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-   -   French Elections & Travel (https://www.fodors.com/community/europe/french-elections-and-travel-695486/)

GeorgeW Apr 10th, 2007 06:11 AM

French Elections & Travel
 
I wonder if the French elections coming up will effect the travel experience for tourists. I have traveled but once during a national election of a country not my own- Italy's in April 1996- and found that, but for an occasional poster plastered on a wall, you wouldn't have known an election was being contested. Still the case?

TommieG Apr 10th, 2007 06:50 AM

Yes. Travelplans will not be effected by elections.

kerouac Apr 10th, 2007 11:14 PM

On election night, if the right wins people will flock to Concorde. If the left wins, people will flock to Bastille.

Toupary Apr 11th, 2007 01:01 AM

And where do we go if it's Bayrou?

LoveItaly Apr 11th, 2007 01:10 AM

Hi George W, I don't know about France but I can tell you I have experienced no taxis on Election Day in Florence..it was not a good day..a long story that I won't bore you with.

PatrickLondon Apr 11th, 2007 09:52 AM

>.And where do we go if it's Bayrou?<<

Round and round in circles?

kerouac Apr 11th, 2007 09:59 AM

Half of the people to Concorde, the other half to Bastille!

PalenQ Apr 11th, 2007 10:19 AM

And if Le Pen wins second place to get into the runoff as he did last time or time before i believe... where do they gather - in the northern suburbs?

Bayrou's party will be right in between the Concorde and Bastille - half way

kerouac Apr 11th, 2007 12:18 PM

If Le Pen is in second place, once again, few will admit that they voted for him. That is one of the most disgusting aspects of French politics -- the refusal to admit one's opinions.

Michael Apr 11th, 2007 12:28 PM

Kerouac,

The refusal (presumably because xenophobia and racism is not acceptable) to admit voting for Le Pen is in line with this old maxim:

<i>L'hypocrisie est un hommage que le vice rend &agrave; la vertu.</i>

mlaffitte Apr 11th, 2007 12:39 PM

Remember that the vote on April 22 is only the first round. The winner won't be decided until the 2nd round on May 6. Unless of course Jean-Marie LePen gets into the runoff as he did last time ... in that case the race will effectively be over on April 22, because whoever runs against LePen will win in a landslide ...but that's an unlikely scenario.

PalenQ Apr 11th, 2007 12:41 PM

Jack svp - when i was in France in February it seemed that Le Pen had not garnered enough of the required number of mayors endorsements to get on the ballot or some such thing even though in the polls he was fairly high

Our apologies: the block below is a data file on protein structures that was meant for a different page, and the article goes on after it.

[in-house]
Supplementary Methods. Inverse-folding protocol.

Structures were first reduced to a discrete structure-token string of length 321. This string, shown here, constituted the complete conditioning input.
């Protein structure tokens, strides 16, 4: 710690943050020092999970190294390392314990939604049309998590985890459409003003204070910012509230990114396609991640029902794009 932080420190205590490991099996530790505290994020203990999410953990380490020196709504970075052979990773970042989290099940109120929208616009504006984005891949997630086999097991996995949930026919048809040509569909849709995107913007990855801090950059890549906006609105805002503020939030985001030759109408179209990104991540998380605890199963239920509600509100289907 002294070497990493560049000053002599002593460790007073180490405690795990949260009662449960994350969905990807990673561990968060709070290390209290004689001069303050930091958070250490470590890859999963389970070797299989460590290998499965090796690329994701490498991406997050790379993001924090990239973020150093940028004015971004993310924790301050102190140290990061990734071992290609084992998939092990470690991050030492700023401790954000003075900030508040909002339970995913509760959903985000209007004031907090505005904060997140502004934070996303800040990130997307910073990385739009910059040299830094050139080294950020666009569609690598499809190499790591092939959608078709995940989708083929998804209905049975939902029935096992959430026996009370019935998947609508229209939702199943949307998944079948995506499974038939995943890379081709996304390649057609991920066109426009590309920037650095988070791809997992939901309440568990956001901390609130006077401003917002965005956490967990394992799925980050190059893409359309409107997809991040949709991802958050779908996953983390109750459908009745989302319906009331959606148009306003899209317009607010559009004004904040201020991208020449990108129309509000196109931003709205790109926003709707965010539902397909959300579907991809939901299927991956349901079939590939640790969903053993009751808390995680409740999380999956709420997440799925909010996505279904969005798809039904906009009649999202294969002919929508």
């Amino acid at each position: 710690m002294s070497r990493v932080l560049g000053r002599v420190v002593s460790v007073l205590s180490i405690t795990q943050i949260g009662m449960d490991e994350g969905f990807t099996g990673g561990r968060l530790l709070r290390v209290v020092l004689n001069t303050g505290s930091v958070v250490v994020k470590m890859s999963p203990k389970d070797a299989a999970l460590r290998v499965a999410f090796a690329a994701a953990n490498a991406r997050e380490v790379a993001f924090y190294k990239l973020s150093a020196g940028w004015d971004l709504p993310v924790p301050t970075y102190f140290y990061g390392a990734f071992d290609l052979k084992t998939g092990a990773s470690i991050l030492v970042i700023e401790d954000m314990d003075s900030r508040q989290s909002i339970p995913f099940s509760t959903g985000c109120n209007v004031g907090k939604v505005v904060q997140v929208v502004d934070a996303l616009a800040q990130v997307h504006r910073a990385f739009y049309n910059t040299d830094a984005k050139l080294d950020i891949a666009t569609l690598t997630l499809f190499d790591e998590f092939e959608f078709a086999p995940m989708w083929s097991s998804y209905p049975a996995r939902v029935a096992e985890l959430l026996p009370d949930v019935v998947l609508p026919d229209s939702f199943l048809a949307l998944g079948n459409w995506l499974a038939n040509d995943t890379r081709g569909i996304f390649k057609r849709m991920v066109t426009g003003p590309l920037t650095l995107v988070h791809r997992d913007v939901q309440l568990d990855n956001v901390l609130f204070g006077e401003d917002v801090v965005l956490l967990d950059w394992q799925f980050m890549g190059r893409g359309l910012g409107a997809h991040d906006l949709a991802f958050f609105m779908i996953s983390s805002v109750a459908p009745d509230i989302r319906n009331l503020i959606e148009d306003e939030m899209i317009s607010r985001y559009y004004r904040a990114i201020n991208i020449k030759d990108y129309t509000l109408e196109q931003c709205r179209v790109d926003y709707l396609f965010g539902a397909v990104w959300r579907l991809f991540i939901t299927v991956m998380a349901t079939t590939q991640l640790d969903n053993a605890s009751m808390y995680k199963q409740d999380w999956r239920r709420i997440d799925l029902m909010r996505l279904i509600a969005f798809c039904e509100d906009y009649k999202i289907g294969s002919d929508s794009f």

I assume he is on the ballot now?

Merci

Carlux Apr 11th, 2007 12:46 PM

Yup, he's on the ballot, along with Jose Bove, who didn't know until they actually counted and checked his submission whether he'd got the 5000 signatures or not. So now there are 12.

PalenQ Apr 11th, 2007 12:50 PM

Let' see if i have this correct:

Suburban youths rampage at Gare du Nord and are justly condemned...

Bove bulldozes down a McDonalds and becomes a folk hero to agrarian and other xenophobic interests and runs for President.

kerouac Apr 11th, 2007 01:08 PM

We have 3 Trotskyist candidates (only in France!), a hunter, a communist, an ecologist, a socialist, a fascist, a &quot;centrist&quot;, a degenerate aristocrat, a pure right winger and an ecolo-left wing peasant who grew up in Berkeley.

PalenQ Apr 12th, 2007 05:54 AM

Jack - you mean this time around there is no Royalist candidate, to restore the monarchy, heaven forbid.

Kate_W Apr 12th, 2007 06:43 AM

There might be fewer French people taking holidays around May 1-May 8, since the 2nd round of the elections falls on May 6. If this hadn't been the case, you might have expected congested airports, train stations and roads as the French took a long holiday from Friday April 28 through Tuesday May 8 (since there are 2 statutory holidays, on Tuesdays, in that period). Opportunistic labour unions might have decided that this was a good time to strike, so that they could snarl up plans and make everyone miserable.

Those who lived in France longer than I have might be able to advise as to whether the risk of labour disruptions will be lower (not because they wouldn't like to protest but because the government wouldn't let them get away with on or just before an election day).

kerouac Apr 12th, 2007 06:50 AM

Strikes are quite rare when elections are imminent, except for the most desperate cases, when the strikers have absolutely nothing left to lose.

There won't be many strikes until September. In any case, France has the lowest percentage of unionized workers of any industrialized country, and we haven't had any good strikes for ten years...

PalenQ Apr 12th, 2007 10:25 AM

GIVE A HAND TO LE PEN for his remark at the Elle forum recently where he defended his opposition to giving condoms to high school students, saying:
&quot;For those who are fixated on it, I recommend 'manu militari,' this is the simplest method&quot;

'manu militari' is a tongue-in-cheek reference to masturbation (NYT 4-11-07)

It also say Le Pen is currently fourth in the polls and 'seems to revel in making headline-grabbing statements'

Let's give a hand to Le Pen!

Nikki Apr 12th, 2007 10:33 AM

He can't have mine, sorry.


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